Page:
The U.S. Department of Education announced Monday that Maine’s application for a waiver under the Elementary and Secondary Education Act has been granted, allowing the state to implement another school accountability measure separate from the A-through-F grading system unveiled earlier this year.
The two-year waiver means that Maine is exempt from the strict and virtually unattainable guidelines of the 2001 No Child Left Behind Act, which decreed that 100 percent of students nationwide reach proficiency in math and reading by 2014.
No Child Left Behind, which was once again called the Elementary and Secondary Education Act under the Obama administration, has been criticized for demanding 100 percent proficiency, the failure of which would result in federal sanctions. About 67 percent of Maine’s elementary students and 48 percent of high school students have achieved proficiency in reading and math benchmarks, which have become incrementally tougher since the implementation of the act.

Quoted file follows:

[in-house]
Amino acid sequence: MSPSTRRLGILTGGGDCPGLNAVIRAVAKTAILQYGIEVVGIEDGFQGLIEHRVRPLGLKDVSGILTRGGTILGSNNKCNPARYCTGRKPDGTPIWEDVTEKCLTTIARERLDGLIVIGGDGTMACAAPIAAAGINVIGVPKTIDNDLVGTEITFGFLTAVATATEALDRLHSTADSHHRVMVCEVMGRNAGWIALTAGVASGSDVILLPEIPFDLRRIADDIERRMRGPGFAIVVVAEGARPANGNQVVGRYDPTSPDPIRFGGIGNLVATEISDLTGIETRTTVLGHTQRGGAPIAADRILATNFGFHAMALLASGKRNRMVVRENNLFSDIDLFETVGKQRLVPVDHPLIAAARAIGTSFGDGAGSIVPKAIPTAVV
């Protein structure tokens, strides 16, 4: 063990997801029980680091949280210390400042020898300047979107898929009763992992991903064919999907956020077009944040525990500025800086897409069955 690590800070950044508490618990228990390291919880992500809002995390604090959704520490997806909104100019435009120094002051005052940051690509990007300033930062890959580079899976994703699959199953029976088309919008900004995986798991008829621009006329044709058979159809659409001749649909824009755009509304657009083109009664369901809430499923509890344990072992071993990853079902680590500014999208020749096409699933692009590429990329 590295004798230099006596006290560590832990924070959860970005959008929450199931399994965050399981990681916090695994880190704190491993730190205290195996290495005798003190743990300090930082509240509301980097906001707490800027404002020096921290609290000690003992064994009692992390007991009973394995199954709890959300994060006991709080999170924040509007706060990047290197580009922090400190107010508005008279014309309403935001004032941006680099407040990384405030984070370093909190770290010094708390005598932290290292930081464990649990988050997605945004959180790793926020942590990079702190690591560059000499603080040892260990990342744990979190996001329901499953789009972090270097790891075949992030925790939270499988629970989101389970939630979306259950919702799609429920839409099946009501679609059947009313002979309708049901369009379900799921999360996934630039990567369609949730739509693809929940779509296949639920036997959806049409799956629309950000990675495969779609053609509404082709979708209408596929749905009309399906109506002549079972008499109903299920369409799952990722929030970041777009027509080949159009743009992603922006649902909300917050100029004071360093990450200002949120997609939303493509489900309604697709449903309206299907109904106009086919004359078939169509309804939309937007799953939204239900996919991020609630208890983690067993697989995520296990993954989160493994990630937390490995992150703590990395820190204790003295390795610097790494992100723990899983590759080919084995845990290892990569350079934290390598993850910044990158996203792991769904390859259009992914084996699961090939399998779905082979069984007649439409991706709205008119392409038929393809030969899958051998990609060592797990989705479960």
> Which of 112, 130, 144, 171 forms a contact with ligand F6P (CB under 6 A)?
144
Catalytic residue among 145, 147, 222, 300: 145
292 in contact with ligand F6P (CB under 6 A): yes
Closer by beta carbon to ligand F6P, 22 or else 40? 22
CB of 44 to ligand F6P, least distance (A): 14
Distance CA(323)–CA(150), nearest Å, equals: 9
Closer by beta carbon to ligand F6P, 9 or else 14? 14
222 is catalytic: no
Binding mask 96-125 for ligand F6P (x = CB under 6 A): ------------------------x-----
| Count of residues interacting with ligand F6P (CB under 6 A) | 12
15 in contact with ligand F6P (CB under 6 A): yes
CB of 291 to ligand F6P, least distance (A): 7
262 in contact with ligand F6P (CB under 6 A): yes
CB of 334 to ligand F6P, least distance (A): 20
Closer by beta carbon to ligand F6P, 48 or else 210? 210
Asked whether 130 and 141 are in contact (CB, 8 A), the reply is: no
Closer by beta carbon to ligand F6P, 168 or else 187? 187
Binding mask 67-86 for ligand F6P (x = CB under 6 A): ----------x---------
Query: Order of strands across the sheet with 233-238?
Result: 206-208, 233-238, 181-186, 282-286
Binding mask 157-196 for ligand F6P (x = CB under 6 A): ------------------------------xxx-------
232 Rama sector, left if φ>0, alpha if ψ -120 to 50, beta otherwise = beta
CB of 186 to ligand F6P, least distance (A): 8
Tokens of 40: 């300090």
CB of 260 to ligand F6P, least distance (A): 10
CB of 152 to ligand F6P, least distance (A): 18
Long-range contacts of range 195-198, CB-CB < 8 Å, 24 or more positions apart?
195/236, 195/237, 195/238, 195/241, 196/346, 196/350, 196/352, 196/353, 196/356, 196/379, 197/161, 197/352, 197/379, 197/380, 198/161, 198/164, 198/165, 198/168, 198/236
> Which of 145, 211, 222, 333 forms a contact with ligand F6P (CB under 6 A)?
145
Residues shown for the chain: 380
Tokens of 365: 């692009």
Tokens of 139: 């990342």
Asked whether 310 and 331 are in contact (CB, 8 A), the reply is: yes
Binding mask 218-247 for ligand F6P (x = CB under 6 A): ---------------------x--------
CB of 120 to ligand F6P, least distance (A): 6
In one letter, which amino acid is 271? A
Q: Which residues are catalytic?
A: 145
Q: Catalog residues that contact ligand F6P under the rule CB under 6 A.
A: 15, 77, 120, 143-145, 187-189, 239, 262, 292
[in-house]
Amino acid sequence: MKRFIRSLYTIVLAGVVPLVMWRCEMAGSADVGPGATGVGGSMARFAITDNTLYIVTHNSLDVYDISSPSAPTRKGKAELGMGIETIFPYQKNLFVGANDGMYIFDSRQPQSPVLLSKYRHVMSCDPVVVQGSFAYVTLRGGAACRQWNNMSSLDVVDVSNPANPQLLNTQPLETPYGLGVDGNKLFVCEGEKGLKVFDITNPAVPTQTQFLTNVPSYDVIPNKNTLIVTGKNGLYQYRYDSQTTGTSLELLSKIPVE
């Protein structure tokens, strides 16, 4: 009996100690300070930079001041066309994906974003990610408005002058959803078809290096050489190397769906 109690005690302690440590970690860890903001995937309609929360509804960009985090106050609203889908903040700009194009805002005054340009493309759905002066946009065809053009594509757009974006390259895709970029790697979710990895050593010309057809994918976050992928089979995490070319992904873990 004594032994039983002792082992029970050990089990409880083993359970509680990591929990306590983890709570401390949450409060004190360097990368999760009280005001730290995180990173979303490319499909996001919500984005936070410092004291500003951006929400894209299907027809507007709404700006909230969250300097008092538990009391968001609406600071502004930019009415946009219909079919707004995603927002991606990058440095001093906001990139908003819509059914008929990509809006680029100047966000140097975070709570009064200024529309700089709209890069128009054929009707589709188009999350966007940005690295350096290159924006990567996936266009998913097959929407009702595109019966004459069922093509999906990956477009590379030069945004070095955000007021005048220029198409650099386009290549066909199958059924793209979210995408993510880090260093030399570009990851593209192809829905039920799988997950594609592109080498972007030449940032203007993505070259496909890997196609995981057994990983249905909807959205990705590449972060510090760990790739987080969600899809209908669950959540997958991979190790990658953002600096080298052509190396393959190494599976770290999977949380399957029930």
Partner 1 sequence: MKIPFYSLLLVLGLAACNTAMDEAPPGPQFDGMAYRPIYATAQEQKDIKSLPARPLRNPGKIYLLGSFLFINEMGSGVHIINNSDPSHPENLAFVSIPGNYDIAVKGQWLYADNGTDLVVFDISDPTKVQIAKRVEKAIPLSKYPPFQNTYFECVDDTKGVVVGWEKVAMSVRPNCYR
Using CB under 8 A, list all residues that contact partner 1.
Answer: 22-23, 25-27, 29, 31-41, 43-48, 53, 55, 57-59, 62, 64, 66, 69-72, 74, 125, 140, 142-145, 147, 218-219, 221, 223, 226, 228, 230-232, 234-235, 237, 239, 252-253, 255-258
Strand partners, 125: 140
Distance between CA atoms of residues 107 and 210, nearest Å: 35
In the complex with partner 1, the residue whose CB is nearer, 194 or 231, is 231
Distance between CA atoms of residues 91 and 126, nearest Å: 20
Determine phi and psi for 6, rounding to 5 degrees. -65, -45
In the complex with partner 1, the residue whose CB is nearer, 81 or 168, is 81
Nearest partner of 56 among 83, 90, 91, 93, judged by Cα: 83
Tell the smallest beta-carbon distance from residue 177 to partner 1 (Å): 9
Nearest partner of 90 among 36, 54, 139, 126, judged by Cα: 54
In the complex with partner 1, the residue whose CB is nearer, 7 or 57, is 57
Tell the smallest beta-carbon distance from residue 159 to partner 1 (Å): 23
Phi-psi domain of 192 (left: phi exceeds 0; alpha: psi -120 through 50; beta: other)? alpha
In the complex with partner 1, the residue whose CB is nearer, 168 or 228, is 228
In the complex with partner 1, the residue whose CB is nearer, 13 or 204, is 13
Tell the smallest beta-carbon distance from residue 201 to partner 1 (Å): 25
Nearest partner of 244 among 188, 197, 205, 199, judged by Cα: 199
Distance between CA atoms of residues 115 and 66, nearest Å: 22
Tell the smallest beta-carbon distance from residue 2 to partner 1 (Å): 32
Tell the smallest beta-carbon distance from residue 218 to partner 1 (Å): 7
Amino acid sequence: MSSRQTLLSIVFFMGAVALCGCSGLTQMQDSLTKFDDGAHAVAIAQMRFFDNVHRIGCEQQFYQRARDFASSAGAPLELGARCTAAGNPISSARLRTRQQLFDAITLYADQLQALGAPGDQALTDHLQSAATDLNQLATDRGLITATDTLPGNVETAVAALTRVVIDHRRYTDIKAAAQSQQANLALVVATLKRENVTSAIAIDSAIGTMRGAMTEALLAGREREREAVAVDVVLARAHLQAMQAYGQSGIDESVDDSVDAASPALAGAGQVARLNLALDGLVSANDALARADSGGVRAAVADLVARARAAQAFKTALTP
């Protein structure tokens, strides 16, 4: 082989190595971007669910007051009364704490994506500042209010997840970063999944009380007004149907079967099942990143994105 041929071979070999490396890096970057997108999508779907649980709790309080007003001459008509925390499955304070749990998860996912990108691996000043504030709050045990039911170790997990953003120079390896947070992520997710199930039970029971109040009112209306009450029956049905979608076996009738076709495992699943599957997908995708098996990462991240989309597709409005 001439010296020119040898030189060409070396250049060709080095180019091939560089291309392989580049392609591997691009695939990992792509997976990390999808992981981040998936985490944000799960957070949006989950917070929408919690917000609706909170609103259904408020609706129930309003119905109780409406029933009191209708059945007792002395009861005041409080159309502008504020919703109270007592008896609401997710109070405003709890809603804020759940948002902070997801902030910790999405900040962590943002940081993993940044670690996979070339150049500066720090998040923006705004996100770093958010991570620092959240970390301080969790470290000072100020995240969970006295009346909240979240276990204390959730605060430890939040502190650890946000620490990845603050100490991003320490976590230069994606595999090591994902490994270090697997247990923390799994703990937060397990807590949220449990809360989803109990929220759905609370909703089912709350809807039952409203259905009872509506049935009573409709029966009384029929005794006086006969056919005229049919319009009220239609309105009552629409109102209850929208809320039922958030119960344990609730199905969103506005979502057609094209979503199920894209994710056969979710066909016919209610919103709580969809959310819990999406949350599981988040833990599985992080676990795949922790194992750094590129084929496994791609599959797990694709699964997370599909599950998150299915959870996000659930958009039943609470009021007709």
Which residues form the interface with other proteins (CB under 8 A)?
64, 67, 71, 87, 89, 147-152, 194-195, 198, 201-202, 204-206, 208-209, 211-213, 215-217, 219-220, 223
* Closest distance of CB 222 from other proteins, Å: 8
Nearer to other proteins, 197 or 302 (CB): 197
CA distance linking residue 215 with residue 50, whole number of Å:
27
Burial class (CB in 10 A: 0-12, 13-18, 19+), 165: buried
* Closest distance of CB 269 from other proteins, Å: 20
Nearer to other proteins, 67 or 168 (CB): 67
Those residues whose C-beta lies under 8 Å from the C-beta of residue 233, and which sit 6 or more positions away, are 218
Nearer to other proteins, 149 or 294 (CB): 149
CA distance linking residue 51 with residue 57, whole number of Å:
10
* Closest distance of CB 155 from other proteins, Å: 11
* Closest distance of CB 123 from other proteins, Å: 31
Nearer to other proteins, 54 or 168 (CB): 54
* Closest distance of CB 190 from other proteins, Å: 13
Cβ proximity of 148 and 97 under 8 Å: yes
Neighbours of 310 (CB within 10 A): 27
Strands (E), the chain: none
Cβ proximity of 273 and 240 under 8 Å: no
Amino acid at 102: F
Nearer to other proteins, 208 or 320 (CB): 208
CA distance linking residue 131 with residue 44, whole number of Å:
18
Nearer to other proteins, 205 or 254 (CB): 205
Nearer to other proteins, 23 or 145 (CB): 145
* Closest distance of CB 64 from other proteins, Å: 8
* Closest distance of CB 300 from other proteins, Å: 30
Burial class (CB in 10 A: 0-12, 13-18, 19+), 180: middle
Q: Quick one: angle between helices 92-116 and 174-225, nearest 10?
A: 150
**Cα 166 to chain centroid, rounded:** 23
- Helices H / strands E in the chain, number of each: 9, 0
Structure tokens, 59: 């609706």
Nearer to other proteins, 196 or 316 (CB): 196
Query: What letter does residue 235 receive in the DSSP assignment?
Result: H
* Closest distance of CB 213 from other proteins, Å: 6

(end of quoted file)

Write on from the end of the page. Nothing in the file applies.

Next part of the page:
Instead, Maine will be allowed to work toward the goal of halving the percentage of nonproficient students and raising the graduation rate at Title 1 schools to 90 percent over the next six years. Title 1 is a federal designation for schools with high levels of low-income or otherwise disadvantaged learners. There are 380 Title 1 schools in Maine, though all schools will be eligible for state and federal resources under the new system.